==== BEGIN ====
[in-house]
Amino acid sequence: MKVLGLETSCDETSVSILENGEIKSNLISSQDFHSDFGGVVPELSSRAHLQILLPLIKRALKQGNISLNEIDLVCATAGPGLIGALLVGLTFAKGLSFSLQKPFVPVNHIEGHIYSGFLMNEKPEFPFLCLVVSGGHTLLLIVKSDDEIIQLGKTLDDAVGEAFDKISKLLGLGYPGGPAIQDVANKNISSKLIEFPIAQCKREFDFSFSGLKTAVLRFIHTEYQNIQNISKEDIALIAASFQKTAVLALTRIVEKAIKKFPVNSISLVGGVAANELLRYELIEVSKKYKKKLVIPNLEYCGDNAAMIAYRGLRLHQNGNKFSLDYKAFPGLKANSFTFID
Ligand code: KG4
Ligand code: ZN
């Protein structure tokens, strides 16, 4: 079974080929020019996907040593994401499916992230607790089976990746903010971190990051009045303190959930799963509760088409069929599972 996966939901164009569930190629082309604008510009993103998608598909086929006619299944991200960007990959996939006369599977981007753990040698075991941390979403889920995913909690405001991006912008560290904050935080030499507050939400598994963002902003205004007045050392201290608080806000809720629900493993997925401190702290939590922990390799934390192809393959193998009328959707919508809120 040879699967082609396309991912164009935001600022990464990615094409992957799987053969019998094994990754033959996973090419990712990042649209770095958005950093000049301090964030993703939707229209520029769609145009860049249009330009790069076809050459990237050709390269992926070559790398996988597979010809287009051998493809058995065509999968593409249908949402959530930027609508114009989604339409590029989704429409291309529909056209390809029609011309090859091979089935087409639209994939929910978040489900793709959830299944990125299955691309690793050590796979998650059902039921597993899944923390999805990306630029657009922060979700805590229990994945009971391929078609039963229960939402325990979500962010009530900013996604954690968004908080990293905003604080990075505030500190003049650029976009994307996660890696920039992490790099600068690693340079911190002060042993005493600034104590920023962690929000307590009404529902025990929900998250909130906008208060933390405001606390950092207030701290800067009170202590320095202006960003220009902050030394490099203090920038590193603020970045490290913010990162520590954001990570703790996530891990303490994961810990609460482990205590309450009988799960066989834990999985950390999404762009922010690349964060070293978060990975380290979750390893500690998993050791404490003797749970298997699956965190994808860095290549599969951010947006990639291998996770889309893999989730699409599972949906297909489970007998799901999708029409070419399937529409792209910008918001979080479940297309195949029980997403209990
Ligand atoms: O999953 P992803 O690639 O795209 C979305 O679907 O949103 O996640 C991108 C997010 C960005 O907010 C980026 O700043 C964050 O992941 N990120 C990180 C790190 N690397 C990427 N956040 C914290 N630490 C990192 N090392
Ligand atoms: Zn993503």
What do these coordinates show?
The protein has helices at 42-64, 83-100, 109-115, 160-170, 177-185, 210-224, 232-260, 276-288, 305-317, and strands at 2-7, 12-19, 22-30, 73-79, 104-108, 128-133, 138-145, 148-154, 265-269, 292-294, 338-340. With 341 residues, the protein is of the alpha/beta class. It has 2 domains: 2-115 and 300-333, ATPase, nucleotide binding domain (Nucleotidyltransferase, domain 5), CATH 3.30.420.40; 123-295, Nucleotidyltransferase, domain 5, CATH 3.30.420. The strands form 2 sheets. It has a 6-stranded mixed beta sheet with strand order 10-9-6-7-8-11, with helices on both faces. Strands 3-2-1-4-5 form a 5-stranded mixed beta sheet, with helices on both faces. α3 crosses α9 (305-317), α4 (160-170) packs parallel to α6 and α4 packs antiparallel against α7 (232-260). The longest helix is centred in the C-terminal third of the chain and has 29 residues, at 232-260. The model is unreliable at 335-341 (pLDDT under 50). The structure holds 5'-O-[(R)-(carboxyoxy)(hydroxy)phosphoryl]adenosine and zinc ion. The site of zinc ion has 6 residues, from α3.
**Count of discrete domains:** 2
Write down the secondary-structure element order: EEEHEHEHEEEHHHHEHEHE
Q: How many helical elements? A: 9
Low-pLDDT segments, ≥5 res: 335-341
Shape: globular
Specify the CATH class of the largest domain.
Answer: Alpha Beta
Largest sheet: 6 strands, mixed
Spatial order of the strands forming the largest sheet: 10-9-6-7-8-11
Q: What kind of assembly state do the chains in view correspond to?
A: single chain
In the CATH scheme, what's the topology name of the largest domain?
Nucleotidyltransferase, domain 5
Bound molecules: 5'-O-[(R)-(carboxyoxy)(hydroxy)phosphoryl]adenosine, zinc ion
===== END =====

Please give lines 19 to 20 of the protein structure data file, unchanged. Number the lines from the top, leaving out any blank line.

Q: What kind of assembly state do the chains in view correspond to?
A: single chain